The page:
MiG-27K MiG-27K The same report mentioned an evolution in low-altitude attack tactics over firing ranges, pointing out that the perception of the "rigid and unimaginative" Soviet pilot was no longer relevant. In 1987-88, the MiG-27K of Lrz and also aircraft of the 88.APIB, re-equipped the second and third squadrons of the 559.APIB. The case of Brand's 911.APIB is special, since it only joined the GDR from Lida in Belarus in 1989 with only a squadron of MiG-27K, occupying the place left vacant by the 116.GvBAP which had moved to Ross, also in Belarus, with its Su-24M (3)! The rest of the unit would have been completed with aircraft from the 16.VA. A new turning point in the units organization was indeed taken in 1989 when the standard structure of the aviation regiments was reduced from 45 to 32 aircraft, generating a surplus of aircraft. The training two-seaters, in this case the MiG-23UB with regard to the units flying on MiG-27, were not included in this count! We will also note the same year the decision of the Soviet Government to reduce its tactical nuclear arsenal, most of the MiG-27 still in service seeing the related equipment removed. In addition, the BRIXMIS annual report for 1990 reported that from November 14, presumably under the "Conventional Forces in Europe" (CFE) agreements, the departure of about 80 aircraft including "Fitter," "Frogfoot" and "Fulcrum" were observed without being the subject of a press announcement by the Soviet authorities.

  MiG-23BN Pilot 
 911.APIB MiG-27K walk around 

Pilot and photographer

Most of the photographs illustrating this article were taken by Yuri Rodin. Yuri was a pilot of the 19.GvAPIB during the eighties. Rare were the soldiers who were able to document their service extensively, moreover with good quality photos. Photography was in principle prohibited and we do not know if he benefited from any indulgence. Be that as it may, his photographic testimony is exceptional and will be the subject of a later album. It is also interesting to retrace Yuri's journey through his successive assignments below.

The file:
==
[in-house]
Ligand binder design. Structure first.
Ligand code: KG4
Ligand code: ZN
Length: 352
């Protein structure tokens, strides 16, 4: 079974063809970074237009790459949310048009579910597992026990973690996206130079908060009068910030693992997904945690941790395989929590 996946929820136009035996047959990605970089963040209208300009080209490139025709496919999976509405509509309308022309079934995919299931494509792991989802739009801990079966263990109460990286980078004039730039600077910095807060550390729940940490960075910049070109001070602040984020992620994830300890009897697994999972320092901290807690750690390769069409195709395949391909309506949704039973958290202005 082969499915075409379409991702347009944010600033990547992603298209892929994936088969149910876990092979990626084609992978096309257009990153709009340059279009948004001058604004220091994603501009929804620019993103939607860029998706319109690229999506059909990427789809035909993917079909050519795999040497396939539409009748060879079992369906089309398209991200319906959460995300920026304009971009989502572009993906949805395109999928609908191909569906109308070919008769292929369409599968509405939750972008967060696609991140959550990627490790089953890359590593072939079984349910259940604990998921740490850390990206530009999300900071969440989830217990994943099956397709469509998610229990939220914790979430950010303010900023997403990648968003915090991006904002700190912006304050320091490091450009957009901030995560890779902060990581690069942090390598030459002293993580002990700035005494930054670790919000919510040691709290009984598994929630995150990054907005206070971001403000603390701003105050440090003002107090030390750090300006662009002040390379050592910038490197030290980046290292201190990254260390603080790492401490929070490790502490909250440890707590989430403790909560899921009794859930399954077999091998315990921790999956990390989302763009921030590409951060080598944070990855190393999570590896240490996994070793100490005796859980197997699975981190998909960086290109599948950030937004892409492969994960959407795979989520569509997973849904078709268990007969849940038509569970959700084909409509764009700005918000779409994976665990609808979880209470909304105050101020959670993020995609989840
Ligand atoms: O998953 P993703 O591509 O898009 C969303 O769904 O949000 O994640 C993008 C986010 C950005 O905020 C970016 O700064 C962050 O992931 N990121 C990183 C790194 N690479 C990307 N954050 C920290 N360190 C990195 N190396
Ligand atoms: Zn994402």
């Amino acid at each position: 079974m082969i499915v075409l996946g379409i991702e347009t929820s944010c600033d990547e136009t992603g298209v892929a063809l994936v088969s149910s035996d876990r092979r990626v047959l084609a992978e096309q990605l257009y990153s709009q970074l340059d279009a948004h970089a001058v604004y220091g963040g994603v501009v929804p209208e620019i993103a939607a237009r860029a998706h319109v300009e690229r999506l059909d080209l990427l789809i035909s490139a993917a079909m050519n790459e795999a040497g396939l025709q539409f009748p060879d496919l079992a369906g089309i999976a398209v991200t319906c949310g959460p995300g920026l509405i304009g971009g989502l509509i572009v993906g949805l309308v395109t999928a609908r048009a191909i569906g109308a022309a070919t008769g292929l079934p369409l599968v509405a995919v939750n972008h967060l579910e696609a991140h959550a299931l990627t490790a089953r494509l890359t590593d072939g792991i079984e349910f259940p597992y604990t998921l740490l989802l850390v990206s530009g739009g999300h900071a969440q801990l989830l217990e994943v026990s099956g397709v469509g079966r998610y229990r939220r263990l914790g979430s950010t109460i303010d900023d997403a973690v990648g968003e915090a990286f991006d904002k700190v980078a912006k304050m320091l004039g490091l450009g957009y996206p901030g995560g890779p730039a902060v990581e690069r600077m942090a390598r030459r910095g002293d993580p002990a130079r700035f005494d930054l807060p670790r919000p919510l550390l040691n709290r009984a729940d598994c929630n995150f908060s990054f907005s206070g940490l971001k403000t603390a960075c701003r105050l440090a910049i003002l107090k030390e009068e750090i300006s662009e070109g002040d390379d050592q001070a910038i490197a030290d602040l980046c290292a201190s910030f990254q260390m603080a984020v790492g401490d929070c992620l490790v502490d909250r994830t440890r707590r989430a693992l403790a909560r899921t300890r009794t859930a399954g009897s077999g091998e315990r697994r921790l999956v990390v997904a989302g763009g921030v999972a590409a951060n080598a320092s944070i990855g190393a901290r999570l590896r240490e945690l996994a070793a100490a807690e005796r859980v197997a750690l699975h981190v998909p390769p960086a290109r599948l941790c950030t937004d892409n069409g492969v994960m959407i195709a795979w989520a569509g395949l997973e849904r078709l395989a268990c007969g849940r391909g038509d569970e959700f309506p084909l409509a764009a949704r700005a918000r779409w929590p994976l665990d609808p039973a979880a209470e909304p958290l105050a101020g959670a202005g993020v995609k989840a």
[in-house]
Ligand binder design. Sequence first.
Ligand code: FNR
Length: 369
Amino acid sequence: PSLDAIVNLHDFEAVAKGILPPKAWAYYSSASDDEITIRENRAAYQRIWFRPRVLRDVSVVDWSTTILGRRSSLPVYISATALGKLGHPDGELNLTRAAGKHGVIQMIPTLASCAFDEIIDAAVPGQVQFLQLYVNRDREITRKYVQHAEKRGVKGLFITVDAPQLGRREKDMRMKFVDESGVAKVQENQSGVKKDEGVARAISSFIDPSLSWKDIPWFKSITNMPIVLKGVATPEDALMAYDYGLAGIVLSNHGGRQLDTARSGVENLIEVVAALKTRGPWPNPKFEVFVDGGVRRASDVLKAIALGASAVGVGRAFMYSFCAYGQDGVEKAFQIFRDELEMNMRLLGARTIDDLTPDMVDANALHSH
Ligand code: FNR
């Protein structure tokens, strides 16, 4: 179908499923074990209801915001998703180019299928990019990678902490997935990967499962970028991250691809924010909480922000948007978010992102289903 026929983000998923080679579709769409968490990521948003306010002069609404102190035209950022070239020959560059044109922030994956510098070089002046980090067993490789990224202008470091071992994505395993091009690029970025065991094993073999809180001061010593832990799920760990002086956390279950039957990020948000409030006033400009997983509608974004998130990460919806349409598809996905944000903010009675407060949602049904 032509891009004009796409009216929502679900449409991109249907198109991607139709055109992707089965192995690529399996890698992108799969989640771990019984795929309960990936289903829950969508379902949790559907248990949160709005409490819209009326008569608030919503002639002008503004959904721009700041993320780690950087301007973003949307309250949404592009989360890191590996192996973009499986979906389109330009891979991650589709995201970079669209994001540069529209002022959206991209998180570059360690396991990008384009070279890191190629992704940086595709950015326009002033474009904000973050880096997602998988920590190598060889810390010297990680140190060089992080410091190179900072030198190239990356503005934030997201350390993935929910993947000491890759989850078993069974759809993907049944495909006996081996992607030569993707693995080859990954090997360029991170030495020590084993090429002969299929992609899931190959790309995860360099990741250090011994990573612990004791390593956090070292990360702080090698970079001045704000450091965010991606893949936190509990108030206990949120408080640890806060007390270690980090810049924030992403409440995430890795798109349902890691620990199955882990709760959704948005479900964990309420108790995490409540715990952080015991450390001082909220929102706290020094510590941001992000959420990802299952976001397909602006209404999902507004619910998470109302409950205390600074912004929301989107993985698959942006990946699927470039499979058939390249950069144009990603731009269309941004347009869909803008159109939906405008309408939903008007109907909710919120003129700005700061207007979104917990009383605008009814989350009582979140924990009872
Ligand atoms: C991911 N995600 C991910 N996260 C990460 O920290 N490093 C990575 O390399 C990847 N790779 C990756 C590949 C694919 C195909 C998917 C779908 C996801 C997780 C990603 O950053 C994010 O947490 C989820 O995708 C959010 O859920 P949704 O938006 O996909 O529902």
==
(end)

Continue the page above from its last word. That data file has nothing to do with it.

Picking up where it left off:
- 1975 / 1977: 266.IBAP at Nalaykh (Mongolia) - MiG-21PFM, MiG-21bis
- 1977 / 1981: 58.APIB at Step' (Eastern Siberia) - MiG-23B
- 12-1981 / 1986: 19.GvAPIB at Lrz - MiG-27, MiG-27K, MiG-27D
- 1986: 88.APIB at Kanatovo (Ukraine) - MiG-27K
- 1987 / 1990: 88.APIB at Debrecen (Hungary) - MiG-27D
   (88.APIB from Kanatovo to Debrecen - 727.GvBAP on Su-24 from Debrecen to Kanatovo)
- 1990 / 1995: 88.OMAPIB at Olen'ya (Murmansk, Kola Peninsula) - MiG-27D (unit transferred to the Navy within the framework of CFE treaty)
notes

(1) The slow development of the SRO-1P Parol' system accelerated after V. Belenko defected to Japan with his MiG-25P on September 6, 1976.
      However, photo evidence show that the MiG-27 of the 19.GvAPIB were devoided of it at least until 1984!
(2) In addition to conventional bombs and unguided rockets up to 240mm, the MiG-27K could carry:
     - KAB-500L laser-guided bombs
     - Kh-25L and ML (AS-10 "Karen") and Kh-29L (AS-14 "Kedge") laser-guided missiles.
     - KAB-500Kr TV-guided bombs.
     - Kh-29T (AS-14 "Kedge") TV-guided missiles.
     - A Del'ta-NG2 pod was attached under the right air intake to control Kh-23/M (AS-7 "Kerry") and Kh-25MR (AS-10 "Karen") radio-guided
       missiles.
     - A BA-58 V'youga (Blizzard) pod was attached under the right air intake to detect and identify the enemy radar emissions and relay the
       information to Kh-25MP (AS-12 "Kegler") and Kh-27PS (AS-12 "Kegler") anti-radar missiles. It had to be configured before the flight.
     - The Kh-31P (AS-17 "Krypton") ARM was tested from the mid-1980s. It was used in conjunction with a Progress designation pod.
       However, the demise of the USSR did not permit its development for the MiG-27.
     - An FKP-58 pod was sometimes attached under the belly of the MiG-27K to film the firing of air-to-ground missiles.
(3) In July-August 1989, the reorganization generated by the political withdrawal of the Su-24 "Fencer" bombers from the 16.VA gave the MiG-27 its
     peak in the Soviet Air Force based in Germany. This withdrawal was to lead to the displacement of no less than 5 regiments! The Su-24
     "Fencer-B/-C" of the 497.BAP of Grossenhain were transferred to Lida in Belarus (where the unit was disbanded and its planes transferred to
     Shatalovo), giving way to the MiG-27D and M of the 296.APIB from Altenburg, while the MiG-29 of the 968.IAP from Ross, also in Belarus, were
     in turn moving towards Altenburg... Su-24M ofthe 116.GvBAP from Brand went to Ross, taking the place of the MiG-29 from the 968.IAP, while
     MiG-27K "Flogger-J2" of the 911.APIB from Lida flew to Brand in order to occupy the facilities left vacant by the departure of the 116.GvBAP!
     The zenith of the MiG-27 of the 16.VA was reached.